Three Days of Rain
In Three Days of Rain,
writer/director Michael Meredith adapts six short stories by Anton Chekhov
and updates them to modern Cleveland. It looks at the life of about a
couple dozen locals as they live through a three-day long rainstorm.
This movie sadly has
somehow fallen between the tracks. It was filmed in 2002, but has just
made the festival circuit in 2006 and now is being released on video in
2007. It's not a perfect movie, but it certainly did not deserve that
Three Days of Rain
is an episodic film in the tradition of Crash (though it was actually
filmed before that movie), Robert Altman's Short Cuts or the works of
Wim Wenders (who is instrumental in getting the film a wider release, and
who has been trying to get a movie version of another Meredith script made.)
Unlike those films, though,
there is little in the way of overlapping. (There are occasional hints
of connections, but none of them ever really come to fruition.) Also,
in some ways this film is more of a character piece. Most of the
stories are small and human -- not necessarily overly dramatic.
For example, Peter Falk
plays an aging alcoholic who is constantly trying to patch up his
relationship with his grown son, yet at the same time hitting him up for
money regularly. Erick Avari plays a well-off businessman who
recognizes a previously unnoticed fundamental rift in his relationship with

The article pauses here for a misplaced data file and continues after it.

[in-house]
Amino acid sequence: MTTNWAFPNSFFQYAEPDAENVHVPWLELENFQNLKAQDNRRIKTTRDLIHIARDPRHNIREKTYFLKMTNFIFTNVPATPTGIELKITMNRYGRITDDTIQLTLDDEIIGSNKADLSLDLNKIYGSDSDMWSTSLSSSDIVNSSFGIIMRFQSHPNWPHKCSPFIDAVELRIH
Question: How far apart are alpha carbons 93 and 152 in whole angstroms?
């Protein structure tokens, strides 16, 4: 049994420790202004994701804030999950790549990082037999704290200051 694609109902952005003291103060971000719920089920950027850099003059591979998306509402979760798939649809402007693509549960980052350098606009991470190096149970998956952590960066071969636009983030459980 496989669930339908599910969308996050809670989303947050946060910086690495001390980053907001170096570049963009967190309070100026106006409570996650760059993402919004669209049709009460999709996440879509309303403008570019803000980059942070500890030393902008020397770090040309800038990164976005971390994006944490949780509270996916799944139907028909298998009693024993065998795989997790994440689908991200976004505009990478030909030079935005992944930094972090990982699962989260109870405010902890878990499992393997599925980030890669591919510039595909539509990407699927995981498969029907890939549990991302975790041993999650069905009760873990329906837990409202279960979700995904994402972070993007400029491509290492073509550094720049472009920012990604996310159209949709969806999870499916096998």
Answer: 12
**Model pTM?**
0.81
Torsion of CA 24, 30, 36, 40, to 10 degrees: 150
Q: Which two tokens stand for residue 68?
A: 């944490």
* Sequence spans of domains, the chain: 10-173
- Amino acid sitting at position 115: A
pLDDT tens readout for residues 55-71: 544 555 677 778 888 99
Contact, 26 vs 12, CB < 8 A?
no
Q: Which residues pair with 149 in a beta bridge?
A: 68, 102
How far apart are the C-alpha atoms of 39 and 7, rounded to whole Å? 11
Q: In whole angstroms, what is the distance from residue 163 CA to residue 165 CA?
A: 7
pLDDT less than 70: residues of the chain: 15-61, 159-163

his wife when she refuses to give a doggie bag to a homeless man. Joey
Bilow plays a mentally challenged worker who is harassed in his job.
Then there is a struggling tile maker (Michael Santoro) who has to collect
some outstanding bills to avoid being evicted from his decrepit loft.
The most dramatic story is about a drug addict (Merle Kennedy) who has to
babysit for her own child who was was taken from her by a judge, who uses
intimidation and sexual abuse to keep her in line.
Surprisingly, this is all
held together by a subtly passionate performance by Don Meredith (yes,
that's right -- Dandy Don, the former football quarterback and Monday Night
Football personality) as a cab-driver trying to come to terms with the death
of his son. Meredith has done very little acting over the years, so it
is particularly surprising that someone would have seen the potential and
picked him for this quietly heartbreaking role -- until you realize that
writer/director Michael Meredith is his son. Well good for Michael for
seeing it, sometimes nepotism really does work.
In fact, the acting here is
almost universally well done and effective (with the exception of one
stilted, affected supporting role -- I won't mention the actress by name,
but watching the movie, you'll know who I mean...). There are lots of
interesting cameos -- Blythe Danner as a woman who feels the selfish need to
take on the pain of the people she meets, Jason Patric as a combative drunk,
cult director George Kuchar as a compassionate newsstand dealer and Lyle
Lovett as the smooth-voiced jazz DJ whose patter connects all the characters
(he is only briefly physically seen at the very end of the film.)
All these people try to
muddle through their hard lives in the rain-soaked streets of Cleveland, a
city which suits the film completely, mixing great splendor with squalor.
Three Days of Rain is not a happy or uplifting film, but in its own
melancholy way it is quite beautiful.
Jay S. Jacobs
Copyright ©2007 PopEntertainment.com. All rights reserved.
Posted: October 13, 2007